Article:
# SOLUTION: Solve the equation : 2(x)^1/2 = 9 + 5 (x)^-1/2 *Please answer as soon as possible. :) =)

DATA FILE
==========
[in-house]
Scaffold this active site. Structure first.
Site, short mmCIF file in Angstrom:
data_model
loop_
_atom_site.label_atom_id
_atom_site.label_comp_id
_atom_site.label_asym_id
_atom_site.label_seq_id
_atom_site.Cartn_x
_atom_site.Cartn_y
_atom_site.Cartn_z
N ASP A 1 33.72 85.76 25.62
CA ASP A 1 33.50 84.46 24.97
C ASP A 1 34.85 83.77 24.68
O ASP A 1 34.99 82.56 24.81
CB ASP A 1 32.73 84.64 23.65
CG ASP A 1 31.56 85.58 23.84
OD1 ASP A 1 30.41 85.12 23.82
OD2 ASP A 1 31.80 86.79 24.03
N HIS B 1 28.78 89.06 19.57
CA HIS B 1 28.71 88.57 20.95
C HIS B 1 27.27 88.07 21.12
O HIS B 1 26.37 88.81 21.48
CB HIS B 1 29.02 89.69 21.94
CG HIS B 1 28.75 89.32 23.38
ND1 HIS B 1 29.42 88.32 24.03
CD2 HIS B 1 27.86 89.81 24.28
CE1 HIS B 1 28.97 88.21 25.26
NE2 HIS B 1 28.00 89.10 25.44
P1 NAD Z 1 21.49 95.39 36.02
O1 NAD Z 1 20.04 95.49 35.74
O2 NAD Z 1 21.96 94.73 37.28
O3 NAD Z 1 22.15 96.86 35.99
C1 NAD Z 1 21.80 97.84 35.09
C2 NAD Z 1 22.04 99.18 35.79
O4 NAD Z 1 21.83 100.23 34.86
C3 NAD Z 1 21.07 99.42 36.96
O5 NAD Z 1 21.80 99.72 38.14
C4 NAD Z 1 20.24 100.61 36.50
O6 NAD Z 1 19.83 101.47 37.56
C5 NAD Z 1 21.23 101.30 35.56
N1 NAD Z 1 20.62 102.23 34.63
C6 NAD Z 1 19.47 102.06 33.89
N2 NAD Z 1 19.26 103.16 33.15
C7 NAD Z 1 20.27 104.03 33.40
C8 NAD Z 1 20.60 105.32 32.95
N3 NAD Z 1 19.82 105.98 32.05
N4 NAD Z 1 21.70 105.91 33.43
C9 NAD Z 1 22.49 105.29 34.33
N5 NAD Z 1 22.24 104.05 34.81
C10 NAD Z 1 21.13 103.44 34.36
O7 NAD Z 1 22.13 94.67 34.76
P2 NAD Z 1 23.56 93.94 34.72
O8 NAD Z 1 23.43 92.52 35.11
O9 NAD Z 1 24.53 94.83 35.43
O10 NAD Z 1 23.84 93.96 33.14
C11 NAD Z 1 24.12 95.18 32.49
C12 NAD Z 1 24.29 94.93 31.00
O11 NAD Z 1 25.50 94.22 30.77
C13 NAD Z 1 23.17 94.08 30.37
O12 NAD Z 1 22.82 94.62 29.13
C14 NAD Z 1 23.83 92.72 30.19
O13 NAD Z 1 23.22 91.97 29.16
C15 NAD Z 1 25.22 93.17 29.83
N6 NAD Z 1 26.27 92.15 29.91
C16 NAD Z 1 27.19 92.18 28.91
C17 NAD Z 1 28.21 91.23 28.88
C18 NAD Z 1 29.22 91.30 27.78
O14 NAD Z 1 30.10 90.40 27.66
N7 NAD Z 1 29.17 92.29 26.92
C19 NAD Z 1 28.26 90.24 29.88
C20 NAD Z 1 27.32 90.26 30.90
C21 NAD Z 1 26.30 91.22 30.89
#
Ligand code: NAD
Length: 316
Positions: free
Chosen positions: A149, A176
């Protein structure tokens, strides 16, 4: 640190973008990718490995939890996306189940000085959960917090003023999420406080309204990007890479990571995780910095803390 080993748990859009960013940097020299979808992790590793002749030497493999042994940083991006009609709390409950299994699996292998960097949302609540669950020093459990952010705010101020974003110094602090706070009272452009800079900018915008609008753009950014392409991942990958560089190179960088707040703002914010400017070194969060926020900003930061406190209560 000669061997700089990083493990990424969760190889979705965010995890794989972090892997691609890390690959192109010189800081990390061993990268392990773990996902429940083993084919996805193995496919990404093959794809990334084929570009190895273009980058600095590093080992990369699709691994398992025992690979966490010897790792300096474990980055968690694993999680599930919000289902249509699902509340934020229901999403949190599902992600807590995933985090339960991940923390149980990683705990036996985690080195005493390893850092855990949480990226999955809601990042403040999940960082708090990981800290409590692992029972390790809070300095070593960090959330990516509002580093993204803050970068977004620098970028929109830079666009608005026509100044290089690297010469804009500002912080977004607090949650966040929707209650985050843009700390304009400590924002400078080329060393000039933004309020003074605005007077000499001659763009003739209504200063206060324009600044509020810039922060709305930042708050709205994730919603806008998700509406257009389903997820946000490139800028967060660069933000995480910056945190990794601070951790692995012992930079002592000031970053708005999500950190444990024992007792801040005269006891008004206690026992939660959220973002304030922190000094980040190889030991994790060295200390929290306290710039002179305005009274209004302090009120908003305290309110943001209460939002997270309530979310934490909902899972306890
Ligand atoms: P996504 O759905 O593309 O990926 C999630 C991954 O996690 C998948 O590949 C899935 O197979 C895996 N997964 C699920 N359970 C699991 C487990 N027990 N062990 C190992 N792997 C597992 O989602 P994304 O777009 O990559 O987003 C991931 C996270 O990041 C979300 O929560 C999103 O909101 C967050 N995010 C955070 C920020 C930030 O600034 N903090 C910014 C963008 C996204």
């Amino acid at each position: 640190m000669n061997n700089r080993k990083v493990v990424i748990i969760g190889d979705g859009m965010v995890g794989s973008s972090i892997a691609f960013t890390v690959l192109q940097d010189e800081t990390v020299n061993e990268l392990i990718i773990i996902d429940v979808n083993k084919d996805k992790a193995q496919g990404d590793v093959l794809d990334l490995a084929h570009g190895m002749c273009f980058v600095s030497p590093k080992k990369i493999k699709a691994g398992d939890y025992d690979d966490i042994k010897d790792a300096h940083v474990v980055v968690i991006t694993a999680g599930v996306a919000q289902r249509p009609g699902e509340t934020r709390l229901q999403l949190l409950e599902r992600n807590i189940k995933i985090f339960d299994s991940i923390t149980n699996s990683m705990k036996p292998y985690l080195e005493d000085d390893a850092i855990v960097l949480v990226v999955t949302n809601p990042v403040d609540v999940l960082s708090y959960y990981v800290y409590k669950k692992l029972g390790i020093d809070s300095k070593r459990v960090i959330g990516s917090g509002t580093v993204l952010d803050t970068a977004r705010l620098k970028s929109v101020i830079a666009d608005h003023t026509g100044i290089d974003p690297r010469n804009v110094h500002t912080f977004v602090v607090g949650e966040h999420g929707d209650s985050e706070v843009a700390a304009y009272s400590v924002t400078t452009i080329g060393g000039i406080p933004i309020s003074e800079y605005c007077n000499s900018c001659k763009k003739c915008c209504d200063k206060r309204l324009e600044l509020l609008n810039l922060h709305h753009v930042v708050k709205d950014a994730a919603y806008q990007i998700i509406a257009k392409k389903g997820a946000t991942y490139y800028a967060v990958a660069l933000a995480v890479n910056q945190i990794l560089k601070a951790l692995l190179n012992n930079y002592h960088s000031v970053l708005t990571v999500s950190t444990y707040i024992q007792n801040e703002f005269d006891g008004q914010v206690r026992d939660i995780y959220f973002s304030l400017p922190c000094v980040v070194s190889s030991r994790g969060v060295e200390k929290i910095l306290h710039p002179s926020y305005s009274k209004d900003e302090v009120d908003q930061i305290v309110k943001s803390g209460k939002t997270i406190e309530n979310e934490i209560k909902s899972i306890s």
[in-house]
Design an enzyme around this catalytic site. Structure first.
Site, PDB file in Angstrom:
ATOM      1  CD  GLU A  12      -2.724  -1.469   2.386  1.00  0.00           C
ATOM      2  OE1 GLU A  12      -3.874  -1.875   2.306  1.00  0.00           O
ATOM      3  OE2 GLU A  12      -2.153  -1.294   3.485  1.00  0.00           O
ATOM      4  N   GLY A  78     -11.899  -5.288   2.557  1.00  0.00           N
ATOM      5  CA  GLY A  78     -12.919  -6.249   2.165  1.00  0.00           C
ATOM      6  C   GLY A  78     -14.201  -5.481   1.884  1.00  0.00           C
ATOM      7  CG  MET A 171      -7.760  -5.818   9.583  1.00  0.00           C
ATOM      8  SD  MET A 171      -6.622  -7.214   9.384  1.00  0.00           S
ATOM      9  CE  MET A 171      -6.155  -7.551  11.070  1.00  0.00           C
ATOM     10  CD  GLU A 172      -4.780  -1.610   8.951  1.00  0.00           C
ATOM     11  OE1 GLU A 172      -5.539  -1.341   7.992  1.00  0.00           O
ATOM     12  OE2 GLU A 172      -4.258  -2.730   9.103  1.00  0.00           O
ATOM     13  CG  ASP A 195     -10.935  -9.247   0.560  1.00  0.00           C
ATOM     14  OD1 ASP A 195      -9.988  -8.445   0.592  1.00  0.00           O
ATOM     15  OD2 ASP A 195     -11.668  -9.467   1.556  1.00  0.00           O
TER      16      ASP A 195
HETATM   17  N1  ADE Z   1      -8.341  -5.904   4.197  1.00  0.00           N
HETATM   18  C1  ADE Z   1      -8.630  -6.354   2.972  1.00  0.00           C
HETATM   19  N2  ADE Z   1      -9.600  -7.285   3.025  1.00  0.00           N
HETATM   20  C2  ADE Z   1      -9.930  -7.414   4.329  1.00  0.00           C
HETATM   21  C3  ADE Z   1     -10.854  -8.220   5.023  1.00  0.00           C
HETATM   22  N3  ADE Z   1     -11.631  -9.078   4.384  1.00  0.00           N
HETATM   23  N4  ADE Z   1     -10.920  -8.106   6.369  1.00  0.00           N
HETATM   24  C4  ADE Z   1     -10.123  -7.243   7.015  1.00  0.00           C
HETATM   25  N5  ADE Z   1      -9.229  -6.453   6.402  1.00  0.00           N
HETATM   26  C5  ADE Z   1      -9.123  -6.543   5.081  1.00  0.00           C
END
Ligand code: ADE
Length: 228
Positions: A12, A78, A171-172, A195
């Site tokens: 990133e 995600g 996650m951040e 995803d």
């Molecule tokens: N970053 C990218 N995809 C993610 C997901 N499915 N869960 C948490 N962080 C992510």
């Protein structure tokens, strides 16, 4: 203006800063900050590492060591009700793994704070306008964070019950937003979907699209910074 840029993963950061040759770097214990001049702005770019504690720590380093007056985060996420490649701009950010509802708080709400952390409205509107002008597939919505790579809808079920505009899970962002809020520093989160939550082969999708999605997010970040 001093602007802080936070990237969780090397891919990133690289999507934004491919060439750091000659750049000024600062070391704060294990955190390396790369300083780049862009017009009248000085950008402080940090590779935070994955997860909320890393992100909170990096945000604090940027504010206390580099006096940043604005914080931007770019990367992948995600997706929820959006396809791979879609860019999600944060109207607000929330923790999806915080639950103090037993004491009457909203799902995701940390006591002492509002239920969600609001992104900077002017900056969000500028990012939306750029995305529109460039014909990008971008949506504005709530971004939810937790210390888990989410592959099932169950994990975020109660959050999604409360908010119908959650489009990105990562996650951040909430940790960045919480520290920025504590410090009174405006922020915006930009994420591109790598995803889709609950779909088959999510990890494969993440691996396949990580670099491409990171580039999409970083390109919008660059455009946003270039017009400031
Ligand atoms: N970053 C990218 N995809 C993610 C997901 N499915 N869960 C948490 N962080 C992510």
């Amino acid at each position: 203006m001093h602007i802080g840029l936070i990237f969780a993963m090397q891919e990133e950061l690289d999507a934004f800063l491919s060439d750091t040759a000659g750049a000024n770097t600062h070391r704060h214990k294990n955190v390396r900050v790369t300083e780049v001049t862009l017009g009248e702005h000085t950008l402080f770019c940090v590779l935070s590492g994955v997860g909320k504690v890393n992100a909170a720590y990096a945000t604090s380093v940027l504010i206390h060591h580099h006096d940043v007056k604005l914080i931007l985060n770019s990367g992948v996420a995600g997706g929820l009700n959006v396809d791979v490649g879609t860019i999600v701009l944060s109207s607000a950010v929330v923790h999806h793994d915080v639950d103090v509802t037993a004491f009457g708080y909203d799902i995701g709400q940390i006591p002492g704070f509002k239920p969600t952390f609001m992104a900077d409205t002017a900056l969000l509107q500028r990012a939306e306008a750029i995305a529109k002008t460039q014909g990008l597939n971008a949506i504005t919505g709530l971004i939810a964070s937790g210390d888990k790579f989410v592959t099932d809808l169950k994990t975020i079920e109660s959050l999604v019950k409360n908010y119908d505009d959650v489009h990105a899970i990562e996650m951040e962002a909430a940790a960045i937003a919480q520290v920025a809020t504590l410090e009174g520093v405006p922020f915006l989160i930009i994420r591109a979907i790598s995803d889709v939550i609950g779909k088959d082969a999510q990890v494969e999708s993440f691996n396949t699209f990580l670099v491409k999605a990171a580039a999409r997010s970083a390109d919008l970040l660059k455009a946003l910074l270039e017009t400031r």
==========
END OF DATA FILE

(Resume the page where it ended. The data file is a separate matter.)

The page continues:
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 Question 421189: Solve the equation : 2(x)^1/2 = 9 + 5 (x)^-1/2 *Please answer as soon as possible. :) =)Answer by jsmallt9(3296)   (Show Source): You can put this solution on YOUR website! When solving equations it is usually a good idea to start by simplifying each side of the equation. To me, part of simplifying is to eliminate fractions. (After all, aren't things "simpler" without fractions than with them?) There are two types of fractions here. There are the fractions in the exponents. And there is the "hidden" fraction represented by the negative exponent! This fraction will be obvious if we rewrite the equation with positive exponents: I'm going to eliminate the fraction. This can be done by multiplying both sides of the equation by : On the left side we use the rule for exponents for multiplying (i.e. add the exponents. On the right side we use the Distributive Property: which simplifies to: At this point we could eliminate the fraction that remains (in the exponent). Or we could recognize that the exponent of is twice the exponent of . This makes the equation an equation of "quadratic form". If you have trouble seeing this, use of temporary variable can help you see the "quadratic-ness" of the equation: Let Then Substituting these into the equation we get: I am going to solve this equation as a quadratic form equation. (At the end I will also solve the equation by eliminating the fraction in the exponent first.) Quadratic form equations are solved using the same techniques as "regular" quadratic equations. So we want one side to be zero. Since the rest of the problem will be a little easier if I keep the coefficient of the term with the biggest exponent positive, I am going to subtract the entire right side from both sides giving us: Now we factor (or use the Quadratic Formula). This factors farily easily: (2q+1)(q-5) = 0 From the Zero Product Property we know that one of these factors must be zero. So: 2q+1 = 0 or q-5 = 0 Solving these we get: q = -1/2 or q = 5 These are solutions for q. But we are interested in solutions for x. So we substitute back in for q. (Q was a temporary variable after all.) or Since an exponent of 1/2 means square root and since square roots cannot be negative, there is no solution to the first equation. To solve the second equation we just square both sides. This gives us: x = 25 Any time you square both sides of an equation you must check your answer(s). And when checking use, the original equation: Checking x = 25: which simplifies as follows: 10 = 9 + 1 10 = 10 Check! So x = 25 is the solution to your equation. If we don't notice that is an equation of quadratic form, or if we just decide we don't like solving quadratic form equations, we can solve this equation as a square root equation (since an exponent of 1/2 means square root. To start I am going to actuall write the equation with a square root: A procedure for solving square root equations is:Isolate a square root term that has a variable in its radicand. (The expression inside a radical is called a radicand.)Square both sides of the equation.If there is still a square root with a variable in its radicand, then repeat steps 1 and 2.At this point there should be no square roots with a variable in its radicand. Solve the equation using techniques appropriate for the type of equation it is.Since you have squared both sides of the equation at least once at step 2, you must check your solutions.Let's see this in action: 1) Isolate a square root. Subtracting 5 from each side we get: (We can leave the 9 where it is or we can divide both sides of the equation by 9. The important thing is: will the sides of the equation be easier to square with the 9 where it is or with the 9 in the denominator on the other side? I think it is easier where it is. If we had something like I would multiply both sides by 2.) 2. Square both sides: The right side is easy to square. On the left side we should use FOIL or the pattern. I like using the pattern: which simplifies to: 3) If there is still a square root... The square root is gone. 4) Solve the equation. This is a quadratic equation. So we want one side equal to zero. Subtracting 81x from each side we get: Now we factor (or use the Quadratic Formula). This does factor: (4x-1)(x-25) = 0 From the Zero Product Property we knwo that one of these factors must be zero. So: 4x-1 = 0 or x-25 = 0 Solving these we get: x = 1/4 or x = 25 5) Check you answer(s). Usually you go back to the original equation. And we can do so here. But any of the equations we had before we squared both sides can be used. I'm going to use: Checking x = 1/4: which simplifies as follows: Check fails!! So we reject x = 1/4 as a solution. (x = 1/4 is what is called an extraneous solution. Extraneous solutions are solutions that work in the squared equation but not in the "pre-squared" equation. Extraneous solutions can happen any time you square both sides of an equation. Extraneous solutions may happen even if no mistakes have been made. This is why even expert mathematicians must check their answers after they have squared both sides of an equation.) Checking x = 25: 50 = 9*5 + 5 50 = 45 + 5 50 = 50 Check!! So the only solution, just as found with the quadratic form solution, is x = 25.